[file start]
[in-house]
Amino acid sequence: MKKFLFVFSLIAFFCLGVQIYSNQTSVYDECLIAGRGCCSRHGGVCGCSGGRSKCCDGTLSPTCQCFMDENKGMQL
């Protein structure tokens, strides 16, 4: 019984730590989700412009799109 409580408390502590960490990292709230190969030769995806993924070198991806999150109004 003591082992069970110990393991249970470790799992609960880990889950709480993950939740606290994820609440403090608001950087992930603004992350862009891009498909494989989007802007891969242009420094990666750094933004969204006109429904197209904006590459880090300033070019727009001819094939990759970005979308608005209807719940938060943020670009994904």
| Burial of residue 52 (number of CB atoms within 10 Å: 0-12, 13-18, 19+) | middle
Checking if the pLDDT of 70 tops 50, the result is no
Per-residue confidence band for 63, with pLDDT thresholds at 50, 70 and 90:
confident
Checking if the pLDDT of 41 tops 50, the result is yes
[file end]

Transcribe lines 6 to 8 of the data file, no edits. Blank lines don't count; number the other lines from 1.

Per-residue confidence band for 63, with pLDDT thresholds at 50, 70 and 90:
confident
Checking if the pLDDT of 41 tops 50, the result is yes